parameterizable).  For a complete description of the Metafont language,
see `The METAFONTbook' (*note References::).

* Menu:

* mf invocation::               Invoking Metafont.
* Initial Metafont::            Making bases.
* Modes::                       Device definitions for Metafont.
* Online Metafont graphics::    Seeing MF output online.
* gftodvi invocation::          Making proofsheets for fonts.
* mft invocation::              Prettyprinting Metafont sources.

File: web2c.info,  Node: mf invocation,  Next: Initial Metafont,  Up: Metafont

5.1 `mf' invocation
===================

Metafont (usually invoked as `mf') reads character definitions
specified in the Metafont programming language, and outputs the
corresponding font.  This section merely describes the options available
in the Web2c implementation.  For a complete description of the Metafont
language, see `The Metafontbook' (*note References::).

   Metafont processes its command line and determines its memory dump
(base) file in a way exactly analogous to MetaPost and TeX (*note tex
invocation::, and *note Memory dumps::).  Synopses:

     mf [OPTION]... [MFNAME[.mf]] [MF-COMMANDS]
     mf [OPTION]... \FIRST-LINE
     mf [OPTION]... &BASE ARGS

   Most commonly, a Metafont invocation looks like this:
     mf '\mode:=MODE; mag:=MAGNIFICATION; input MFNAME'
   (The single quotes avoid unwanted interpretation by the shell.)

   Metafont searches the usual places for the main input file MFNAME
(*note Supported file formats: (kpathsea)Supported file formats.),
extending MFNAME with `.mf' if necessary.  To see all the relevant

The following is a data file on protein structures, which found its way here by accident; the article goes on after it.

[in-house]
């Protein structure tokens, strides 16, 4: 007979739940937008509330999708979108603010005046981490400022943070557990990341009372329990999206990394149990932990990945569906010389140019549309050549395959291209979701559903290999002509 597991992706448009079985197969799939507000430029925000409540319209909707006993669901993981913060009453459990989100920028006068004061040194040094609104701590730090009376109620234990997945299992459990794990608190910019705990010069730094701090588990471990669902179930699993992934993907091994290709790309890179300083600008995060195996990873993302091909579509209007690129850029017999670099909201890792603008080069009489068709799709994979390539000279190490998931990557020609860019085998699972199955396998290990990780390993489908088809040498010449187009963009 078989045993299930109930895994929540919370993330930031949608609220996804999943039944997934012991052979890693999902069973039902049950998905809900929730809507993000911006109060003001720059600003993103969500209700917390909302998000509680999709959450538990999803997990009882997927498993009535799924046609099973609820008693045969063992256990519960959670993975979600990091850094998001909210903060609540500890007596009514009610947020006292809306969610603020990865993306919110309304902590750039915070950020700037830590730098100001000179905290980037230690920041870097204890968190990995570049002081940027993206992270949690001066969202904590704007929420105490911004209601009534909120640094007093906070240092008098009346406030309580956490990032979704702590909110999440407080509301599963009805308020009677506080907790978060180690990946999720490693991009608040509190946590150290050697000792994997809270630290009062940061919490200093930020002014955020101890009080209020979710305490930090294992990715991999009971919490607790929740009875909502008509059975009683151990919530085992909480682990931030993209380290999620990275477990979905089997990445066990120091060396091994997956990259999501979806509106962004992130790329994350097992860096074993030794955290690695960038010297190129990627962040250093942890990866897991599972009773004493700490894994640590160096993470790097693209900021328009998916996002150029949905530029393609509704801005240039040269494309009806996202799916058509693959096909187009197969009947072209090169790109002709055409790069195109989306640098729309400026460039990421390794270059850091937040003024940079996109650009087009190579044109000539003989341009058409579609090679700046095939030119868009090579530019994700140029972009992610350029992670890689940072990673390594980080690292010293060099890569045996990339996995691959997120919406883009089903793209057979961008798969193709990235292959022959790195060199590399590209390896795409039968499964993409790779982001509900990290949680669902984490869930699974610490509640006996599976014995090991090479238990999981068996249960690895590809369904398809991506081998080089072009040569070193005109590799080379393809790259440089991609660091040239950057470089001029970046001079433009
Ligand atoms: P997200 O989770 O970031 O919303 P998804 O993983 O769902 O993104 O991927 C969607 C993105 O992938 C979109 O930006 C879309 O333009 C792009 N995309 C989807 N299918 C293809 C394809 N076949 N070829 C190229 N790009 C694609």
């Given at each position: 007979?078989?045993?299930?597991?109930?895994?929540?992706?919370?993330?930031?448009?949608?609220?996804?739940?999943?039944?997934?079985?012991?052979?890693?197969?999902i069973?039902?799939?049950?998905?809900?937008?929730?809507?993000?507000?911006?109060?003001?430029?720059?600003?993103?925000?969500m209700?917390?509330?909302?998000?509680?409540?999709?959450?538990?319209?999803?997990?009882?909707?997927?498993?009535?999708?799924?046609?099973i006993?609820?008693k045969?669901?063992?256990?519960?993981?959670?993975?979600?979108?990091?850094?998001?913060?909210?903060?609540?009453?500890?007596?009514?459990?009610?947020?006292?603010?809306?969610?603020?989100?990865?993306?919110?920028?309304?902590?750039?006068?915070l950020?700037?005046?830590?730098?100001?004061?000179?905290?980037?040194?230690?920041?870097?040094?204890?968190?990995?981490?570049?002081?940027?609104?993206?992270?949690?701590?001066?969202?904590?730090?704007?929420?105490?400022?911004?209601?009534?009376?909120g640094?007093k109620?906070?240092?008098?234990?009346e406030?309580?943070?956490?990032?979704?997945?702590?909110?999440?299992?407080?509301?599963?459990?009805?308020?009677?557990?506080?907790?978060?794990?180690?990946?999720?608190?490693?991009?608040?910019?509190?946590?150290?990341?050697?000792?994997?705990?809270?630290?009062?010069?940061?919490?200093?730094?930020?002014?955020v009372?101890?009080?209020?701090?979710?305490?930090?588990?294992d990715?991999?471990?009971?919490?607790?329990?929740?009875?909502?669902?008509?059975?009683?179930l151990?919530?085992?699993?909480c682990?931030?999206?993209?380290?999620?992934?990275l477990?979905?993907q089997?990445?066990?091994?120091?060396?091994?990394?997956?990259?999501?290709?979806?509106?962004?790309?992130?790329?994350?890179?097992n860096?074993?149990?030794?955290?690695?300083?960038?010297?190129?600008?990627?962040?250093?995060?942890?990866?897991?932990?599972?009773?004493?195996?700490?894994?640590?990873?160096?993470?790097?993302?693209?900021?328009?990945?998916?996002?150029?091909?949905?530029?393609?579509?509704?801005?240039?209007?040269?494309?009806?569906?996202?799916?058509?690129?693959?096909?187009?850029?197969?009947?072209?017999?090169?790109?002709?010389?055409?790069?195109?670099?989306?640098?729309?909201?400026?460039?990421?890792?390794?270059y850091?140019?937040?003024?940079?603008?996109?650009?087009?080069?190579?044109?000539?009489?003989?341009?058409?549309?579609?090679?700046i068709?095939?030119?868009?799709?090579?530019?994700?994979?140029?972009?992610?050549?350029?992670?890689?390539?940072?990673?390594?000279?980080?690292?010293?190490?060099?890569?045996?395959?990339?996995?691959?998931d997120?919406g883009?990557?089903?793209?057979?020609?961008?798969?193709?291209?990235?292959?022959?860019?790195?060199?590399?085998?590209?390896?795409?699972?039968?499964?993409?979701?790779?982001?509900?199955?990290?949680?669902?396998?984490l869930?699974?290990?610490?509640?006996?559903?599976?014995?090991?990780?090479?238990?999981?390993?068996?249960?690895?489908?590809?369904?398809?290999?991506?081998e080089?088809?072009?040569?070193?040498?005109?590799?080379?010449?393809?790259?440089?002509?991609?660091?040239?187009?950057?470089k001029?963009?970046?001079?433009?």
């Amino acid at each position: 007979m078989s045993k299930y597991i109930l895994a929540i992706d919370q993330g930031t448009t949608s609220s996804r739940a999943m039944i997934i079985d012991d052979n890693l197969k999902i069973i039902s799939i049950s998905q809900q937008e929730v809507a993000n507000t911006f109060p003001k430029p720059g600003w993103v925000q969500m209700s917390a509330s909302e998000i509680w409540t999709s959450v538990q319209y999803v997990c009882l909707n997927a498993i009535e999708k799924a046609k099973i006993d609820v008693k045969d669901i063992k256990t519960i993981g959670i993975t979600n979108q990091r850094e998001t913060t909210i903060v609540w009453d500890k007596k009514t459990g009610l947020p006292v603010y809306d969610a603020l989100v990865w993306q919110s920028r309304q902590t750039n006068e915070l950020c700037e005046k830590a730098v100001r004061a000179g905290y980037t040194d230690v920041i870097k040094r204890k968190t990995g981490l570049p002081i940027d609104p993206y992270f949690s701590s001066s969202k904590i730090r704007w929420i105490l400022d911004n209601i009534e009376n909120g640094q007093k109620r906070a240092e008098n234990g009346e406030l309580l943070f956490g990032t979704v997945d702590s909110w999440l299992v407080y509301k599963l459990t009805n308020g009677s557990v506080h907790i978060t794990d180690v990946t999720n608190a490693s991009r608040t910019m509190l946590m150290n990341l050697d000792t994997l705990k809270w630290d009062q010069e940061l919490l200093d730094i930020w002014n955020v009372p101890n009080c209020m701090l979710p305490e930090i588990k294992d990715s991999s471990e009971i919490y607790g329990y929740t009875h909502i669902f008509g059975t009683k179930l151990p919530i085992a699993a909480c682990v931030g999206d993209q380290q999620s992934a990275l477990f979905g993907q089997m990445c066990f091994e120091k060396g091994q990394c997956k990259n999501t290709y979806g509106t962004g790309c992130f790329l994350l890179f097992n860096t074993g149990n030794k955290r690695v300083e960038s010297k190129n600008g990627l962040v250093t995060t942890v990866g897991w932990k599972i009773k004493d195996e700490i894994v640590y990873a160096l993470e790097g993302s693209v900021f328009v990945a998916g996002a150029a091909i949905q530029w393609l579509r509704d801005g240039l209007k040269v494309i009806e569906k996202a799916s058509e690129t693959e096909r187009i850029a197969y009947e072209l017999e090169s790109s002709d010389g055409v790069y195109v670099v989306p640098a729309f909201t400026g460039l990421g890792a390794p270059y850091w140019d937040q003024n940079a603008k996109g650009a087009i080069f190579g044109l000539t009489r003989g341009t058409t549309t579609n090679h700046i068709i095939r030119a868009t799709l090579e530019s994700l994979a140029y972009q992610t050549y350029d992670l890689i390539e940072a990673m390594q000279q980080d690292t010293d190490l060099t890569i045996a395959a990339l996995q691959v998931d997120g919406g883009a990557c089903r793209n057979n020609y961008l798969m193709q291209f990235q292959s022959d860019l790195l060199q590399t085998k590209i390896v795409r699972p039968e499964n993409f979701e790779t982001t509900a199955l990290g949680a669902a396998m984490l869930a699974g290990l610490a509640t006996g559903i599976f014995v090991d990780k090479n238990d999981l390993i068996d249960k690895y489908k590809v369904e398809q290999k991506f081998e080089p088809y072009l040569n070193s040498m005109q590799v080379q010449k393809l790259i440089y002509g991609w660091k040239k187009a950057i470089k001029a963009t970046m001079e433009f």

paths, set the environment variable `KPATHSEA_DEBUG' to `-1' before
running the program.  By default, Metafont runs an external program
named `mktexmf' to create any nonexistent Metafont source files you
input.  You can disable this at configure-time or runtime (*note mktex
configuration: (kpathsea)mktex configuration.).  This is mostly for the
sake of the EC fonts, which can be generated at any size.

   Metafont writes the main GF output to the file `BASEMFNAME.NNNgf',
where NNN is the font resolution in pixels per inch, and BASEMFNAME is
the basename of MFNAME, or `mfput' if no input file was specified.  A
GF file contains bitmaps of the actual character shapes.  Usually GF
files are converted immediately to PK files with GFtoPK (*note gftopk
invocation::), since PK files contain equivalent information, but are
more compact.  (Metafont output in GF format rather than PK for only
historical reasons.)

   Metafont also usually writes a metric file in TFM format to
`BASEMFNAME.tfm'.  A TFM file contains character dimensions, kerns, and
ligatures, and spacing parameters.  TeX reads only this .tfm file, not
the GF file.

   The MODE in the example command above is a name referring to a
device definition (*note Modes::); for example, `localfont' or
`ljfour'.  These device definitions must generally be precompiled into
the base file.  If you leave this out, the default is `proof' mode, as
stated in `The Metafontbook', in which Metafont outputs at a resolution
of 2602dpi; this is usually not what you want.  The remedy is simply to
assign a different mode--`localfont', for example.

   The MAGNIFICATION assignment in the example command above is a
magnification factor; for example, if the device is 600dpi and you
specify `mag:=2', Metafont will produce output at 1200dpi.  Very often,
the MAGNIFICATION is an expression such as `magstep(.5)', corresponding
to a TeX "magstep", which are factors of 1.2 * sqrt(2).

   After running Metafont, you can use the font in a TeX document as
usual.  For example:
     \font\myfont = newfont
     \myfont Now I am typesetting in my new font (minimum hamburgers).

   The program accepts the following options, as well as the standard
`-help' and `-version' (*note Common options::):
`-[no]-file-line-error'
`-fmt=FMTNAME'
`-halt-on-error'
`-ini'
`-interaction=STRING'
`-jobname=STRING'
`-kpathsea-debug=NUMBER'
`-[no]parse-first-line'
`-output-directory'
`-progname=STRING'
`-recorder'
`-translate-file=TCXFILE'